The book is narrated by a 14 year old greaser named Ponyboy, who lives with his brothers Darry and Sodapop. Their parents died in a car crash before the story begins and the eldest brother Darry provides for the family. The boys are part of a small gang of Greasers, juvenile delinquents identifiable by greased hair and denim jeans. The greasers in the book are in a constant state of conflict with the Socs (socials), which are privileged kids from the west side of town. That backdrop offers the stage for a coming-of-age story, where Ponyboy learns about friendship, family, responsibility, loss, death, bravery, and perhaps most importantly that there’s often more to other people than meets the eye. Though the book can be rather brutal, I must admit that I thought the ending was heading in a different direction than it did. When it didn’t pan out the way I was expecting, I was a bit disappointed. As the end of the book drew nearer however, I knew that the author wouldn’t be able to deliver. It had all the hallmarks of an unfolding tragedy, more than what was already delivered, and I was ready for the final grim revelation, but it didn’t come. Instead the character comes to his senses and you’re left to believe that he rises above his predicament. Lame? Well, maybe. Perhaps it’s not fair to criticize the path that the author chose for her story; it’s her story, but I was expecting Ponyboy to be permanently damaged by the head-trauma he’d suffered. After the rumble, his cognitive skills seemed to be declining faster than Charlie Gordon’s in Flowers for Algernon (published a year earlier). I was expecting a story about a boy that finally figures things out, then loses everything. That’s not what happens here.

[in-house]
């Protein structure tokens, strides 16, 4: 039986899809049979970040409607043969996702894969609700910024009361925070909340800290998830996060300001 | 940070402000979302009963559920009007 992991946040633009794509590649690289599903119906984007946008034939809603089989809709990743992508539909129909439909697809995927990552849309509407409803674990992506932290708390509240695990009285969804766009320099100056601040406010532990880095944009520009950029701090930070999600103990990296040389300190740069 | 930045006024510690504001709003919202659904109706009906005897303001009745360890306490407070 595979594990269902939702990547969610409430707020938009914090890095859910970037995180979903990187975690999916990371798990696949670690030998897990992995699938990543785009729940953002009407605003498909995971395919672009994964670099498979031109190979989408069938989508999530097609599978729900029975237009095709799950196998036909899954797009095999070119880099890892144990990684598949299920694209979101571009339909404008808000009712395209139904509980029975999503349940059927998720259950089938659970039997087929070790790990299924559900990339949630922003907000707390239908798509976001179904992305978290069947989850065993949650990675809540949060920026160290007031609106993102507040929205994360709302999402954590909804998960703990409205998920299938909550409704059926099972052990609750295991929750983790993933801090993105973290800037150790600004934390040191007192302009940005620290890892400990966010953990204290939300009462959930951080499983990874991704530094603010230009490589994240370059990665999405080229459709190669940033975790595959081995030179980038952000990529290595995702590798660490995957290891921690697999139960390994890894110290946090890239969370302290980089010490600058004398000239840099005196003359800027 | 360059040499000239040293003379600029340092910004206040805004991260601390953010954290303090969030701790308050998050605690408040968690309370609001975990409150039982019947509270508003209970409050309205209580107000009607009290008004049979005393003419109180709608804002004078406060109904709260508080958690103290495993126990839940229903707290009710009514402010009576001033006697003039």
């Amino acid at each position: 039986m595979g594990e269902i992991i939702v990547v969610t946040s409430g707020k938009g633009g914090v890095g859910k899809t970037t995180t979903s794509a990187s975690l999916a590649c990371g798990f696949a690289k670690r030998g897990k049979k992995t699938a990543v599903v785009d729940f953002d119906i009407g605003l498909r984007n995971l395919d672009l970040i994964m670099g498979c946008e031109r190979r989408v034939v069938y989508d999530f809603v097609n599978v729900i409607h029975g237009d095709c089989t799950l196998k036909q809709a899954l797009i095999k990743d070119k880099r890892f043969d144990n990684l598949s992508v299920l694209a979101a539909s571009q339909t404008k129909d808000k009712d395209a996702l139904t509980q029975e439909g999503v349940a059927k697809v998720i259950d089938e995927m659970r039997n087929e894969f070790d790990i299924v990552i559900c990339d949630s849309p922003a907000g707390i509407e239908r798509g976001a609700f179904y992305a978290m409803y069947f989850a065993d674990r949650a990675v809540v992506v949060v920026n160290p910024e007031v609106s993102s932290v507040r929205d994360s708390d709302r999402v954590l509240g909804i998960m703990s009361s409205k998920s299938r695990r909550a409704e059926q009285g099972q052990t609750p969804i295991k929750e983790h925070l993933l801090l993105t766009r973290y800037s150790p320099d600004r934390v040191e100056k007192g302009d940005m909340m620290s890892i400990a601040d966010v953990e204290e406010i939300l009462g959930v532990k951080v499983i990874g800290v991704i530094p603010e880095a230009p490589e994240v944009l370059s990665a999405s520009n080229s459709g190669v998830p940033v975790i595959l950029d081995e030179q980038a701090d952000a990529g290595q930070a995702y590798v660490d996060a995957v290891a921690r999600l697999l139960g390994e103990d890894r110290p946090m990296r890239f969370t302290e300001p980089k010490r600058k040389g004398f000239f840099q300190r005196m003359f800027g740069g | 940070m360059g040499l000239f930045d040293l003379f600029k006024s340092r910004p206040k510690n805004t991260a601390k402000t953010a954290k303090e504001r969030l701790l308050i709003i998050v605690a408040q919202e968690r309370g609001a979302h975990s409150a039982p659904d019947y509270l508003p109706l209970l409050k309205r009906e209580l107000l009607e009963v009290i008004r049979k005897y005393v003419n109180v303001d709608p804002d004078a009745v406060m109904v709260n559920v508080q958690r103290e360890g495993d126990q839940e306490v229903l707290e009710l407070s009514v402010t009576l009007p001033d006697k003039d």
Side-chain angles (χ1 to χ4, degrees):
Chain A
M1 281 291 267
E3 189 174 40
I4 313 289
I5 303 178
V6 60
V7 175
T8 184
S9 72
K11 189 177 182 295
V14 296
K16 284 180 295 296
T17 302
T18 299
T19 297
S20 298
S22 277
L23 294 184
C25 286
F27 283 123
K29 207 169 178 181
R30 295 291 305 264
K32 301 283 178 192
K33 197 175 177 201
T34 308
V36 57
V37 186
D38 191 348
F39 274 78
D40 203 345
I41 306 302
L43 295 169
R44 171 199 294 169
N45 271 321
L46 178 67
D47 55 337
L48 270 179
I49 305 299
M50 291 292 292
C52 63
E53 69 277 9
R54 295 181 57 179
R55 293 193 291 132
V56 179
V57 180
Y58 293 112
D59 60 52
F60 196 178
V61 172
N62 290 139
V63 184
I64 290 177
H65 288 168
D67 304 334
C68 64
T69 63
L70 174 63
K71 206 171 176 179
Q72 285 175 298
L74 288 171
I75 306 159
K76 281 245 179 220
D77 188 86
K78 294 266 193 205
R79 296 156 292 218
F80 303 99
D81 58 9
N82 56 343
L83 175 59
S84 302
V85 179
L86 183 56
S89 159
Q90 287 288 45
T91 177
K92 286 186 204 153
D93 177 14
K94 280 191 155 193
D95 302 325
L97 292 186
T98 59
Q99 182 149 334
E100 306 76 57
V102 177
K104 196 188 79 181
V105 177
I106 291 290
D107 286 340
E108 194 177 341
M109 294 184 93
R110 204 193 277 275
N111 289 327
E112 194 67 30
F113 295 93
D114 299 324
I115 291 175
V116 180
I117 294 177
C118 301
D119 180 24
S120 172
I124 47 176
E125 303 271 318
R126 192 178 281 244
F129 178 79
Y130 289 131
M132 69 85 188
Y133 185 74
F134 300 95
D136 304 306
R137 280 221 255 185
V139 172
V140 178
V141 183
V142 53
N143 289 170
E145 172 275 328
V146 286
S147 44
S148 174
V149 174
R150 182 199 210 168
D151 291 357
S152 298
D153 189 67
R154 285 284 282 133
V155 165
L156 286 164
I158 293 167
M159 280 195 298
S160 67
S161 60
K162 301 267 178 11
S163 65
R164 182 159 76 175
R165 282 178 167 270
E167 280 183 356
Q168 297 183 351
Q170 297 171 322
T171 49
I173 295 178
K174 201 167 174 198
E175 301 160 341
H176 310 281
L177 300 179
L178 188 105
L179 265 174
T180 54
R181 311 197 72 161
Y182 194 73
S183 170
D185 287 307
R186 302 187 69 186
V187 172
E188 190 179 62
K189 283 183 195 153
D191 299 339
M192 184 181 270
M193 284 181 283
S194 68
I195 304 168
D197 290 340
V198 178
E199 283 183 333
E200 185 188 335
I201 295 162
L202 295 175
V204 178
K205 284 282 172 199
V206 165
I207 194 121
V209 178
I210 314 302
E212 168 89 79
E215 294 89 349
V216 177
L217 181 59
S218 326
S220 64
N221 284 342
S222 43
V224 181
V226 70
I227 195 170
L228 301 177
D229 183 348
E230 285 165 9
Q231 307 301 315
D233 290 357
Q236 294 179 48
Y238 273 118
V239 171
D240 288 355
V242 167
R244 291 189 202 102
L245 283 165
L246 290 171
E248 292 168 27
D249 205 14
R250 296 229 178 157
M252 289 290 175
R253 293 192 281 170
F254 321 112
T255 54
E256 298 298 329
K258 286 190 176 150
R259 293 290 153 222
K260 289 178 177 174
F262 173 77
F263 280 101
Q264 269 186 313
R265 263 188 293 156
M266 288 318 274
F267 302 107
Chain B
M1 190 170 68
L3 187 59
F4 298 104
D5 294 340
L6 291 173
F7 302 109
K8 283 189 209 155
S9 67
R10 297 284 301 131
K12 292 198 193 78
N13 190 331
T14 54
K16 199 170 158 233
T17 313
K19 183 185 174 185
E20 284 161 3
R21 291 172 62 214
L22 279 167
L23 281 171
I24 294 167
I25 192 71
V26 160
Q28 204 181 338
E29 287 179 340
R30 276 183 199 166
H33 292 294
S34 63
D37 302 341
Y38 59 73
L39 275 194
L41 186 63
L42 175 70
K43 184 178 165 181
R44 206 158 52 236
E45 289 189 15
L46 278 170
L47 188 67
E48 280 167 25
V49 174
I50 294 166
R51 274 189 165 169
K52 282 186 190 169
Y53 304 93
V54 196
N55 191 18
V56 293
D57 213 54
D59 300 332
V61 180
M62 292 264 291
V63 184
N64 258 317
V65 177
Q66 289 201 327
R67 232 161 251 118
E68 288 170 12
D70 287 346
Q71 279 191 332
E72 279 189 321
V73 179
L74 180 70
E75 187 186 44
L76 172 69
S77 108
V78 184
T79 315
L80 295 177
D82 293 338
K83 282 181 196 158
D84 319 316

To be fair, the book did handle other events very well. The deaths of Ponyboy’s friends and his dealings with Randy (a Soc) were poignant.  Ponyboy’s ongoing revelations and those of his friends were also handled well. Perhaps his biggest and most important discovery was coming to understand his oldest brother, Darry. Throughout the book, I felt like Hinton was borrowing from Catcher in the Rye, but writing her story with a more likable protagonist. Both stories are told in retrospect, both deal with a teenage boy with mistaken preconceptions, and both include a poem that the narrator likes but doesn’t understand (i.e., Burns:  “Comin’ Through the Rye” vs. Frost: “Nothing Gold Can Stay”). The similarities taper from there, as Catcher is a much deeper and more challenging read. Perhaps I just prefer characters with more flaws (not that the Curtis family isn’t plenty dysfunctional)? While both Catcher and Outsiders were  introspective, Outsiders also tried to tackle the clash between sub-cultures, a story that each generation retells with different titles and uniforms. In summary, The Outsiders is a simple but good read. A story that was controversial in 1967 is now rather tame, though many of the coming-of-age elements still ring true 40+ years later.